CC image courtesy of Jeremy Keith on Flickr
Mobile phone manufacturers in Kenya have slammed a proposed VAT law they say will push up ICT software and hardware prices, urging the government to seek revenue from the workforce rather than the inputs.
The ICT industry in Kenya has enjoyed zero tax on hardware and software since 2009, but this is under threat following the introduction of the VAT bill that proposes to harmonise all products except basic essential goods as the country seeks to reach its tax revenue budget.
Manufacturers including Microsoft, Nokia, Intel, Huawei and Samsung, as well as the GSMA and iHub, said the tax would take back gains achieved in the industry including the surge in mobile and internet penetration.
“Since the exemption, Kenya has experienced a 25 per cent increase in mobile penetration, and the correlation between growing mobile subscribers and economic growth is well established by the World Bank, McKinsey, GSMA and others,” said a statement from the stakeholders.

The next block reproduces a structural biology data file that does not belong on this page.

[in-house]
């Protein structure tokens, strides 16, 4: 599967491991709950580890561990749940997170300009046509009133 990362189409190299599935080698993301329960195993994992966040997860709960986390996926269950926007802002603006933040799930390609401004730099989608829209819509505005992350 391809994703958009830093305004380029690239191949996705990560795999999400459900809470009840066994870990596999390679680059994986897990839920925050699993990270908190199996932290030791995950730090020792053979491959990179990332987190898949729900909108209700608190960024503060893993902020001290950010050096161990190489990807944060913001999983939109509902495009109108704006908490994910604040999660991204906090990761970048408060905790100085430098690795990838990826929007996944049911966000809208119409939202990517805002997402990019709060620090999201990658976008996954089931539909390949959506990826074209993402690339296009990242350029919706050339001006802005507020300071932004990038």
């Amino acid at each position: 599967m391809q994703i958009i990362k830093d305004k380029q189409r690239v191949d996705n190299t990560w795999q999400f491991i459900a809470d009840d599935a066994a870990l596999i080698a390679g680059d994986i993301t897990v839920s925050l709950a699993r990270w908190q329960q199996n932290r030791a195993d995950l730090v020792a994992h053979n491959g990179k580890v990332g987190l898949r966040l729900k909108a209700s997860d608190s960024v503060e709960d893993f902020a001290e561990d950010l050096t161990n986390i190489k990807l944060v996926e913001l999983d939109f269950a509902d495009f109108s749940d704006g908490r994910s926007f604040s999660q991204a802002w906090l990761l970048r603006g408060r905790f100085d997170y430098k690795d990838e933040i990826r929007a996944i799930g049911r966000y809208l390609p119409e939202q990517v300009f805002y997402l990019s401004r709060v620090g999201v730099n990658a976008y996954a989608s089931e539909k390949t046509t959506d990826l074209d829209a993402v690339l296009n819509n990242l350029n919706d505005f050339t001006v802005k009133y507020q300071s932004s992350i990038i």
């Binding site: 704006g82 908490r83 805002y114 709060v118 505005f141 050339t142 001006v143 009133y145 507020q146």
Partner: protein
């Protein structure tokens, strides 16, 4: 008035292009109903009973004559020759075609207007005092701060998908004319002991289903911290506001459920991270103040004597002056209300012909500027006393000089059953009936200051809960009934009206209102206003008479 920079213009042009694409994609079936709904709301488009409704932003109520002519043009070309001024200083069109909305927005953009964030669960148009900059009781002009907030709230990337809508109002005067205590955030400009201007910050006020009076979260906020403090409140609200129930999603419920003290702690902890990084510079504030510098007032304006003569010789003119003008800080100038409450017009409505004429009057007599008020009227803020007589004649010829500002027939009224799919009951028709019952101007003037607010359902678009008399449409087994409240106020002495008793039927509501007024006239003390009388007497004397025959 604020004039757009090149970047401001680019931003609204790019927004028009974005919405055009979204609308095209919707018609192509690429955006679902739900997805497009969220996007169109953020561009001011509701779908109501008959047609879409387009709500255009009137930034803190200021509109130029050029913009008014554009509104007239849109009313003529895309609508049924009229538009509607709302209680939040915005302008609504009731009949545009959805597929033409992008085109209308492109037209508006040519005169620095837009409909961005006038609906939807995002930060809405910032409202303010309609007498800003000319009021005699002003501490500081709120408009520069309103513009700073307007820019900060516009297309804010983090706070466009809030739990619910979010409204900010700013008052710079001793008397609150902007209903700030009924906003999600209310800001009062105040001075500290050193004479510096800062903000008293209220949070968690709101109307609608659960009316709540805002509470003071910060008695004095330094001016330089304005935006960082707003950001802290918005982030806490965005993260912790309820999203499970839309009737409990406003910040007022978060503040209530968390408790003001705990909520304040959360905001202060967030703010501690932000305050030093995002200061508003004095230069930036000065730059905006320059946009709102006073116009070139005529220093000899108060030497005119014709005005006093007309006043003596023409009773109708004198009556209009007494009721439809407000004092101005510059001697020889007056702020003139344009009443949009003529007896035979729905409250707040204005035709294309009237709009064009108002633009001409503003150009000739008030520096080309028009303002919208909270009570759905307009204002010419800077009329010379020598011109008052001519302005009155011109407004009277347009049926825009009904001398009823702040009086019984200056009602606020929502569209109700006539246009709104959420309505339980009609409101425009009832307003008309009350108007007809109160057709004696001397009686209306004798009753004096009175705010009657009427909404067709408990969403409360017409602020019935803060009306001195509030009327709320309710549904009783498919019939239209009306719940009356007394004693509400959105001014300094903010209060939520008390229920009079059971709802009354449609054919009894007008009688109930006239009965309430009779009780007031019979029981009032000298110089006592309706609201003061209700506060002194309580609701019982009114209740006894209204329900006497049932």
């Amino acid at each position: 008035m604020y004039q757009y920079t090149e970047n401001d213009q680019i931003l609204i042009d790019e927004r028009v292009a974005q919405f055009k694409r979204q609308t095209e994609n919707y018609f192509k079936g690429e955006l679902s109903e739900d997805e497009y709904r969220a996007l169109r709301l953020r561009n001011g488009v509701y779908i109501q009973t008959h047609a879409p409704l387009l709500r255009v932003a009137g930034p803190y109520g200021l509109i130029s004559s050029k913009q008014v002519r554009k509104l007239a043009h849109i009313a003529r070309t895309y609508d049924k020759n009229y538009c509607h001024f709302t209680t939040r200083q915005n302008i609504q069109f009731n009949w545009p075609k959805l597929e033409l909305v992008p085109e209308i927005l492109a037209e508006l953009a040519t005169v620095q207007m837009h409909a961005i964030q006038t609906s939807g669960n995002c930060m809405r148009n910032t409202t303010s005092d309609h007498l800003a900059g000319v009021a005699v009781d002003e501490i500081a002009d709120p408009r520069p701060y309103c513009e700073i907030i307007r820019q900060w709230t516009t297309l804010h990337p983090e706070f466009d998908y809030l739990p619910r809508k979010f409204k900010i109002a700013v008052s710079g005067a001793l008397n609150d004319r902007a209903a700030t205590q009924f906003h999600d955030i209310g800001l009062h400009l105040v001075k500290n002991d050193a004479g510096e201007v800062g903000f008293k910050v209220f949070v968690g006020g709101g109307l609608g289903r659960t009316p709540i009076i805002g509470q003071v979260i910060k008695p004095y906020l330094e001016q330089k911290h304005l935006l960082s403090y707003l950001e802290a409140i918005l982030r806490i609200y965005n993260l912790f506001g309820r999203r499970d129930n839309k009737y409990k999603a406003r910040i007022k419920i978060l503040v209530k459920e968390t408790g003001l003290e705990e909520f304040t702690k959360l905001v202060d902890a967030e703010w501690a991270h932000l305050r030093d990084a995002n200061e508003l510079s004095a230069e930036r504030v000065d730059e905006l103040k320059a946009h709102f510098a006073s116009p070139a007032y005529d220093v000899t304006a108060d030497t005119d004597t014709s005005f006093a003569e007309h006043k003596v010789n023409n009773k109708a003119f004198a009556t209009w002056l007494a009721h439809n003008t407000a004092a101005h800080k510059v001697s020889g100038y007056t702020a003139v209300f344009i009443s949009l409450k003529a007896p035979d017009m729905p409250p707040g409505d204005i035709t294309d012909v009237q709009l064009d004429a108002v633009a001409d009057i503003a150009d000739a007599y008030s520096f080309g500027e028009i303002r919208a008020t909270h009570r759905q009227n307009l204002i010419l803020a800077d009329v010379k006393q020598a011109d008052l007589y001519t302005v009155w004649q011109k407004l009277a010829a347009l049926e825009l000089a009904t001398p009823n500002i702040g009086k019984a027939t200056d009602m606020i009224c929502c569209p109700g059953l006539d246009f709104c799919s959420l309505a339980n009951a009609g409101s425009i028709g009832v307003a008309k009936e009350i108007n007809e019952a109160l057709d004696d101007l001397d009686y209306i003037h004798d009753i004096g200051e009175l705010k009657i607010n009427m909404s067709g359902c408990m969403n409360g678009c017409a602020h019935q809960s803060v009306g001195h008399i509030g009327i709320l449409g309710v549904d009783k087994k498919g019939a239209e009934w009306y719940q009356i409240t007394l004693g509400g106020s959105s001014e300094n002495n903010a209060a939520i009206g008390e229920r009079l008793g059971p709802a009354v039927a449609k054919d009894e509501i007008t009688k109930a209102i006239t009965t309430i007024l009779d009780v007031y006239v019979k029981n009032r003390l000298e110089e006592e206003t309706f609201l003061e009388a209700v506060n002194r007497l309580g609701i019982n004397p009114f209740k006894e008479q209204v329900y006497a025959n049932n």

“As a general rule, increasing mobile penetration by 10 per cent yields an estimated 1.2 per cent growth in GDP across the economy.”
The companies argue the gains in the industry can be attributed to a progressive tax regime that has further allowed the growth of incubators into the market.
According to the stakeholders, the rise of the various hubs of innovation has given rise to a developer ecosystem with the country boasting more than 20,000 talented youth and IT professionals.
They now say the enactment of such a bill without amendments will cripple Kenya’s digital economy and undermine the country’s young IT industry.
“The proposed amendment to the Value Added Tax Bill runs the risk of crippling Kenya’s economic momentum by dealing a devastating blow to a nascent digital economy driven by young and highly skilled Kenyan information workers with the potential of creating many more breakthrough innovations and high paying IT jobs,” the statement added.
The stakeholders are now urging the national assembly’s committee on finance, planning and trade to reconsider the provision on the sector.